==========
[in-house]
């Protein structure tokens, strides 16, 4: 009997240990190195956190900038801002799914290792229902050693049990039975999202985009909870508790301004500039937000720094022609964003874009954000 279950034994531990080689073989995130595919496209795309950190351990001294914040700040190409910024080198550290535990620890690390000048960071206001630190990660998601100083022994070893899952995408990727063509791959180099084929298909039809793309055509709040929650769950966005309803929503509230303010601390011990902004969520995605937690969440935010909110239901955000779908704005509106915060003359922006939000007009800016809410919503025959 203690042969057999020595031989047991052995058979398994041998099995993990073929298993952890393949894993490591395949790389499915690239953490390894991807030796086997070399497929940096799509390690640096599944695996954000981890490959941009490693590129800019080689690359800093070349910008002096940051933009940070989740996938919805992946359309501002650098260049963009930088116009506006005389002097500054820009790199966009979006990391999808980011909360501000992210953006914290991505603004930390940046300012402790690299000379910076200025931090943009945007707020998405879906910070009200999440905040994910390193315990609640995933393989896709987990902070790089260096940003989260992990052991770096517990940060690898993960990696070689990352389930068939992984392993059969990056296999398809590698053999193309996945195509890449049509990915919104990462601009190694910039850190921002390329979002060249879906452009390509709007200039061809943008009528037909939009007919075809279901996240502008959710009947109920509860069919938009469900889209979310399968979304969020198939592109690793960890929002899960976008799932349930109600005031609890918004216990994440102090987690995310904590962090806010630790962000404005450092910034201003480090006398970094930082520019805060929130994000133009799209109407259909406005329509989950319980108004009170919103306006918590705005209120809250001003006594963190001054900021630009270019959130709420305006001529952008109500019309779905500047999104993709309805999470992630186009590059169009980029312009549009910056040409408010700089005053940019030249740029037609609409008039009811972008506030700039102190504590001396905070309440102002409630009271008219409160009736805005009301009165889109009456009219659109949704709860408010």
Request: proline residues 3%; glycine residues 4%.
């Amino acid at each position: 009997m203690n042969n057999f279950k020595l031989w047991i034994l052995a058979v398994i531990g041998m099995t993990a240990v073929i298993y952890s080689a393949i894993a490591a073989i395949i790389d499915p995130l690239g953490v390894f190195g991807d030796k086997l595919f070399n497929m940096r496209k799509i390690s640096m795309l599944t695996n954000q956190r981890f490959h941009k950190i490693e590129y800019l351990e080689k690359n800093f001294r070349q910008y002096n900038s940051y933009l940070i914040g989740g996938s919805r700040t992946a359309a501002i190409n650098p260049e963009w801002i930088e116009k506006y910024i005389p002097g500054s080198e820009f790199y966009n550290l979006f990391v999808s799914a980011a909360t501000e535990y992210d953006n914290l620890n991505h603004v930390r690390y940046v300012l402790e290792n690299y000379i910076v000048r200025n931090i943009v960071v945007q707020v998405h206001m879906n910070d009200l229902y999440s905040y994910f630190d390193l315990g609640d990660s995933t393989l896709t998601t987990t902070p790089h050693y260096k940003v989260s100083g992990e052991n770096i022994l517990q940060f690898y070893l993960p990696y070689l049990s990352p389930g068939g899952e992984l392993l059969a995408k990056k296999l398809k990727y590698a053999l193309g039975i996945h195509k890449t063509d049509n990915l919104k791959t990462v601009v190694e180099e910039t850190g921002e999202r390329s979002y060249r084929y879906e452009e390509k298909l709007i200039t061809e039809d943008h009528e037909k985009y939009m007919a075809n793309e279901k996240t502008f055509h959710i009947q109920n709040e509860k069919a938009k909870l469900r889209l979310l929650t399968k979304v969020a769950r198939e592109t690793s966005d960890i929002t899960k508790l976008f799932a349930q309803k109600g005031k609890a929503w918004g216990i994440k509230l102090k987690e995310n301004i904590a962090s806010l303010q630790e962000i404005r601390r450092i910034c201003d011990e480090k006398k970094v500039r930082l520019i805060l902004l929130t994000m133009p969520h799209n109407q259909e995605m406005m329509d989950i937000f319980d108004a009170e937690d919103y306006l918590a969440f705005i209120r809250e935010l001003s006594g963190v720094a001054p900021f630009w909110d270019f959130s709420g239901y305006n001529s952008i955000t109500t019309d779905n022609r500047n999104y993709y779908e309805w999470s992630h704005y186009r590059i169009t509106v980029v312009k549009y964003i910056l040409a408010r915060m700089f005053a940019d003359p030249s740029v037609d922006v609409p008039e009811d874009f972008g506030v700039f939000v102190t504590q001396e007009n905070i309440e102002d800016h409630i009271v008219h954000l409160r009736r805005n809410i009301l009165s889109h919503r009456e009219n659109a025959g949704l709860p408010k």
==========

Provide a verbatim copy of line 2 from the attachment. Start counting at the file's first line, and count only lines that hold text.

């Protein structure tokens, strides 16, 4: 009997240990190195956190900038801002799914290792229902050693049990039975999202985009909870508790301004500039937000720094022609964003874009954000 279950034994531990080689073989995130595919496209795309950190351990001294914040700040190409910024080198550290535990620890690390000048960071206001630190990660998601100083022994070893899952995408990727063509791959180099084929298909039809793309055509709040929650769950966005309803929503509230303010601390011990902004969520995605937690969440935010909110239901955000779908704005509106915060003359922006939000007009800016809410919503025959 203690042969057999020595031989047991052995058979398994041998099995993990073929298993952890393949894993490591395949790389499915690239953490390894991807030796086997070399497929940096799509390690640096599944695996954000981890490959941009490693590129800019080689690359800093070349910008002096940051933009940070989740996938919805992946359309501002650098260049963009930088116009506006005389002097500054820009790199966009979006990391999808980011909360501000992210953006914290991505603004930390940046300012402790690299000379910076200025931090943009945007707020998405879906910070009200999440905040994910390193315990609640995933393989896709987990902070790089260096940003989260992990052991770096517990940060690898993960990696070689990352389930068939992984392993059969990056296999398809590698053999193309996945195509890449049509990915919104990462601009190694910039850190921002390329979002060249879906452009390509709007200039061809943008009528037909939009007919075809279901996240502008959710009947109920509860069919938009469900889209979310399968979304969020198939592109690793960890929002899960976008799932349930109600005031609890918004216990994440102090987690995310904590962090806010630790962000404005450092910034201003480090006398970094930082520019805060929130994000133009799209109407259909406005329509989950319980108004009170919103306006918590705005209120809250001003006594963190001054900021630009270019959130709420305006001529952008109500019309779905500047999104993709309805999470992630186009590059169009980029312009549009910056040409408010700089005053940019030249740029037609609409008039009811972008506030700039102190504590001396905070309440102002409630009271008219409160009736805005009301009165889109009456009219659109949704709860408010």